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TITLE
Plan of the Oykel Viaduct at Invershin, 1915
EXTERNAL ID
GB232_D501_35
PLACENAME
Culrain / Invershin
DISTRICT
Tain / Dornoch & Criech
DATE OF IMAGE
March 1915
PERIOD
1910s
CREATOR
The Highland Railway
SOURCE
Highland Archive Centre
ASSET ID
8148
KEYWORDS
railways
highland railway
zoomable images

This is a plan of the Oykel Viaduct (sometimes known as the Shin Viaduct) which carries the railway line over the Kyle of Sutherland from Culrain to Invershin. It is reputably the longest single box section bridge in Europe.

Built in 1867, it has a 70.1 metre wrought iron lattice truss main span, with the railway running on top of the ironwork. It comprises five masonry arch approach spans, two on the south side and three on the north.

It was designed by Joseph Mitchell, engineer for The Highland Railway, and Murdoch Paterson who had been his assistant, and who succeeded him.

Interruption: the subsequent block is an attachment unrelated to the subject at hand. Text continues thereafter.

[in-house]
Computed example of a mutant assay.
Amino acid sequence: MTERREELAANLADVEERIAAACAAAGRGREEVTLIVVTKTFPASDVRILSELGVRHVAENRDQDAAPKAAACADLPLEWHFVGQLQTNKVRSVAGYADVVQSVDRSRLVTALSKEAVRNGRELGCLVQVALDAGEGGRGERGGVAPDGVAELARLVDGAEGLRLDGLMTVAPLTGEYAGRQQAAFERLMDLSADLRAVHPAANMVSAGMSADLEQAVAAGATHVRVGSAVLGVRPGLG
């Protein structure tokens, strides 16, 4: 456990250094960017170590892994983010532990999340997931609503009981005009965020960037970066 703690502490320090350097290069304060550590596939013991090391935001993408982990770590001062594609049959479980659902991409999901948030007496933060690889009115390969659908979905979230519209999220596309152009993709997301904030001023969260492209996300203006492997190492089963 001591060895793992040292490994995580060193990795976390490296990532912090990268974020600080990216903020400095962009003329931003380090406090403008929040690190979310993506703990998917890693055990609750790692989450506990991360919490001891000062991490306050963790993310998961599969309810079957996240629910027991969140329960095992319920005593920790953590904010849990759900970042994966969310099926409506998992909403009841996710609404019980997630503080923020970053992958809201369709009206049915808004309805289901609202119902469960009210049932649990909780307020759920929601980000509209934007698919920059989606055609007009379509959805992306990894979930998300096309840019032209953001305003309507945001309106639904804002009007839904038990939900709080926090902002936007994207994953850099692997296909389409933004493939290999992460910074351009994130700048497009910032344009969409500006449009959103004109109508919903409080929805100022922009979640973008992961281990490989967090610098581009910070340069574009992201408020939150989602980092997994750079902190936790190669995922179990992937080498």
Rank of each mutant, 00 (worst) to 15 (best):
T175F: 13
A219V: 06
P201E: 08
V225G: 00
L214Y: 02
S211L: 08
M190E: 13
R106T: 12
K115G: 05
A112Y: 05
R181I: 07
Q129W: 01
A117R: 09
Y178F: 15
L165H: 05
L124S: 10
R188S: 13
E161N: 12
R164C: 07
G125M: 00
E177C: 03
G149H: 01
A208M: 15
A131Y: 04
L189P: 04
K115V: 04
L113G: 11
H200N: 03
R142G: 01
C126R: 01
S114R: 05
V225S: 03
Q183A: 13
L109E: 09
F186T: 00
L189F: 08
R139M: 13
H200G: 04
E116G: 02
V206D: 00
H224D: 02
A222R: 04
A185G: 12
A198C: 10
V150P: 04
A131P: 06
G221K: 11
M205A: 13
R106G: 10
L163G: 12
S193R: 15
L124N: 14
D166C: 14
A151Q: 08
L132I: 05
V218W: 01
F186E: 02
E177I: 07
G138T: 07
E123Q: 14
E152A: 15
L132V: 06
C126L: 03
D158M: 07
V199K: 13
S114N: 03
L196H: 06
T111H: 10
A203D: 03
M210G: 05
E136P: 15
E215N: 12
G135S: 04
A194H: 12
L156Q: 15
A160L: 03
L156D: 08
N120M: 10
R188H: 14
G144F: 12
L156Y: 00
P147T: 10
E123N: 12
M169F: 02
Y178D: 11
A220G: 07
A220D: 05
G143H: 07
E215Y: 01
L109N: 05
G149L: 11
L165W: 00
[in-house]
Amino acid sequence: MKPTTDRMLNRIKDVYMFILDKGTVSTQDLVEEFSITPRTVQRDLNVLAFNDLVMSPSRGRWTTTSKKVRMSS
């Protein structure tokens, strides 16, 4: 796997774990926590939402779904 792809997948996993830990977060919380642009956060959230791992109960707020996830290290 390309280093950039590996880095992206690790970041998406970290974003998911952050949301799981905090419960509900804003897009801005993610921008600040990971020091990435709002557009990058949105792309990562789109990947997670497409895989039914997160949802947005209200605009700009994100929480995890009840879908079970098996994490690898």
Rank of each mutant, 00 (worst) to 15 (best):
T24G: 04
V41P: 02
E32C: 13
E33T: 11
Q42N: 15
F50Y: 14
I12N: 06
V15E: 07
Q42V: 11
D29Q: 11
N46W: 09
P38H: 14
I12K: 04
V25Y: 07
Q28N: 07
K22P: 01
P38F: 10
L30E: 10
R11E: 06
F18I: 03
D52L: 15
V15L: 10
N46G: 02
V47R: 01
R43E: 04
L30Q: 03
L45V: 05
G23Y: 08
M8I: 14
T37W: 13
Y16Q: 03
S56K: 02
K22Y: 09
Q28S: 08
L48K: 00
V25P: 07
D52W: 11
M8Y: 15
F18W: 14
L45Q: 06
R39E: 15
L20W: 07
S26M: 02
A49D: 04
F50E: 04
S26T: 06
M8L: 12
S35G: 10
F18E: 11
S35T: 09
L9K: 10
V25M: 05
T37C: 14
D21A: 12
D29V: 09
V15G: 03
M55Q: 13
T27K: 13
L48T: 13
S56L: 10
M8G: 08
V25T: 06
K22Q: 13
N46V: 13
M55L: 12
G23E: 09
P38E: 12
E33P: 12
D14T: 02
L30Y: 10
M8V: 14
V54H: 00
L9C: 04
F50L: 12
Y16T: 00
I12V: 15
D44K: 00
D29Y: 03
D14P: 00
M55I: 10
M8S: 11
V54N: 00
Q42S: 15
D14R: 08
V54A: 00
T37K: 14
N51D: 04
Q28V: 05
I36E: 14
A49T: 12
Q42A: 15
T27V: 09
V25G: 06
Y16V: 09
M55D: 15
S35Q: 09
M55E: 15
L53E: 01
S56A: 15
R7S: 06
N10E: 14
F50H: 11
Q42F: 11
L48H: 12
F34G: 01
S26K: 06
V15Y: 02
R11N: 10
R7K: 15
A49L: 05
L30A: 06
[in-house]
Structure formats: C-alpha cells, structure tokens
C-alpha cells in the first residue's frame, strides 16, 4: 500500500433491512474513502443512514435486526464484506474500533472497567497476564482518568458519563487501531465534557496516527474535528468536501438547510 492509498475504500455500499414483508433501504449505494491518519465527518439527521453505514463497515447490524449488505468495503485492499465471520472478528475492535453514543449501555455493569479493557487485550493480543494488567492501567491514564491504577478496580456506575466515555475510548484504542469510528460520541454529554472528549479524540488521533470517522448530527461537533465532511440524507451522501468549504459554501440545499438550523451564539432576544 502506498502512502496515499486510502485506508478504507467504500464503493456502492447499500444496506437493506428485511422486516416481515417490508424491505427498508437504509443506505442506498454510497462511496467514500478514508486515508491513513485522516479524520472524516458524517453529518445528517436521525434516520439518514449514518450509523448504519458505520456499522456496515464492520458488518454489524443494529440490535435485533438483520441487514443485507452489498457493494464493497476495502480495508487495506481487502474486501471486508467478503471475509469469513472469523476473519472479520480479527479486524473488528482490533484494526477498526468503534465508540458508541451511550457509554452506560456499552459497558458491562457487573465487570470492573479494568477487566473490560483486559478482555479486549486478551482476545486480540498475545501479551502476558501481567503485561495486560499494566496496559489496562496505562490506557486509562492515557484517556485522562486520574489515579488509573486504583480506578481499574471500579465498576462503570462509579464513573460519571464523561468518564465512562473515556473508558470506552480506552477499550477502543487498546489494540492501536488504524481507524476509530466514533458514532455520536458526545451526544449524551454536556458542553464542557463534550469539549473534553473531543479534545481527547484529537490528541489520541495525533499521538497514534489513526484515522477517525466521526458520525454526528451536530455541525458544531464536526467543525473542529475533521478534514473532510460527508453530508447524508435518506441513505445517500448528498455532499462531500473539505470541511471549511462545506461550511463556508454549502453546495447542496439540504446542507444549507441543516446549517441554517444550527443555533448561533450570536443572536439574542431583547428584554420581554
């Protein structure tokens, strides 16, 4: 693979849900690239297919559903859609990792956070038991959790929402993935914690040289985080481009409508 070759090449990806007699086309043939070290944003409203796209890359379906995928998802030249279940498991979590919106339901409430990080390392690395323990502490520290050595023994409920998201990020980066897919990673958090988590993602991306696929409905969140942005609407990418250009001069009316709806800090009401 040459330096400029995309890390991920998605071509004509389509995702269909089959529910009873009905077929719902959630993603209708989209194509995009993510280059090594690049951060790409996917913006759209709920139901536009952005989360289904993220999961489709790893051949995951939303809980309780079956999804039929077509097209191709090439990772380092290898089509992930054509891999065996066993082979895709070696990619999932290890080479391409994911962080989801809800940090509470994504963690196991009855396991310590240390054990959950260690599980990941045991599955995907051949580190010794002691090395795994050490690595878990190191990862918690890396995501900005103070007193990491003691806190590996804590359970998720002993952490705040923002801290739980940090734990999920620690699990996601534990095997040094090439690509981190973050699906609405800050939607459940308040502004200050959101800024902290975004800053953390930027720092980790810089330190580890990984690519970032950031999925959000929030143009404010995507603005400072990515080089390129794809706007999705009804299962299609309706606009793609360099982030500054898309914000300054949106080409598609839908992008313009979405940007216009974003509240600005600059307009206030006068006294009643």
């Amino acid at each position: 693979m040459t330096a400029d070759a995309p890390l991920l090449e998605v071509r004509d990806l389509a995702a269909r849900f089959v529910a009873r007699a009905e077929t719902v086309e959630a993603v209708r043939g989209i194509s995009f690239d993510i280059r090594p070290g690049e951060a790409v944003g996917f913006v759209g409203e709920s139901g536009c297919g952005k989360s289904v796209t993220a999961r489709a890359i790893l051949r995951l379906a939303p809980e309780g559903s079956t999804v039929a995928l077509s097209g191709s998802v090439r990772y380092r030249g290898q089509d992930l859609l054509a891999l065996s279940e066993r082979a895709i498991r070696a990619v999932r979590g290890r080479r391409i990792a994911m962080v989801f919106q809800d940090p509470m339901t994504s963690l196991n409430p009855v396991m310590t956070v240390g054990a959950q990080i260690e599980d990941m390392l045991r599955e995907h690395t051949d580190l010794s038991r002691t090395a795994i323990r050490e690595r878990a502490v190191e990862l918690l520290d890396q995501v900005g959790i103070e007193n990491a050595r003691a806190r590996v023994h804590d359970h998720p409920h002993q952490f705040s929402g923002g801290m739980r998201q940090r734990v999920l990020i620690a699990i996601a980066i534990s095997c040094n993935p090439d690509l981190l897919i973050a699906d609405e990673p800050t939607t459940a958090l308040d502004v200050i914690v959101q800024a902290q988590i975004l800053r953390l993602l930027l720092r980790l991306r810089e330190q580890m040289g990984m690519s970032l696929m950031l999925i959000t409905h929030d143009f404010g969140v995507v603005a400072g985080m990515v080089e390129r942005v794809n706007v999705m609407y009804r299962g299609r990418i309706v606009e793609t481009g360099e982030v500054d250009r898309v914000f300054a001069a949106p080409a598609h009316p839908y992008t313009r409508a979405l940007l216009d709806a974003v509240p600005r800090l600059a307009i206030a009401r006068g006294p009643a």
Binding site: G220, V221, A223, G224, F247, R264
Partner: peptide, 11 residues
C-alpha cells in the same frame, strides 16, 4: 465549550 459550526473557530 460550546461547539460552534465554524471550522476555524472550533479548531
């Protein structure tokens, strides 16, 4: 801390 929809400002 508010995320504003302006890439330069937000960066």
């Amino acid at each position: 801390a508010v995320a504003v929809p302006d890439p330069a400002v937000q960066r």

During 1912 and 1913 the viaduct was strengthened to accommodate the Highland Railway's Castles locomotives. It now has a walkway on the side of it which allows pedestrians to walk from Invershin to Culrain.


For further information about this item and the collection to which it belongs, please email the Highland Archive Service

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Plan of the Oykel Viaduct at Invershin, 1915

1910s

railways; highland railway; zoomable images

Highland Archive Centre

Highland Railway Society (maps 1)

This is a plan of the Oykel Viaduct (sometimes known as the Shin Viaduct) which carries the railway line over the Kyle of Sutherland from Culrain to Invershin. It is reputably the longest single box section bridge in Europe.<br /> <br /> Built in 1867, it has a 70.1 metre wrought iron lattice truss main span, with the railway running on top of the ironwork. It comprises five masonry arch approach spans, two on the south side and three on the north. <br /> <br /> It was designed by Joseph Mitchell, engineer for The Highland Railway, and Murdoch Paterson who had been his assistant, and who succeeded him.<br /> <br /> During 1912 and 1913 the viaduct was strengthened to accommodate the Highland Railway's Castles locomotives. It now has a walkway on the side of it which allows pedestrians to walk from Invershin to Culrain. <br /> <br /> <br /> For further information about this item and the collection to which it belongs, please <a href="mailto: archives@highlifehighland.com">email</a> the Highland Archive Service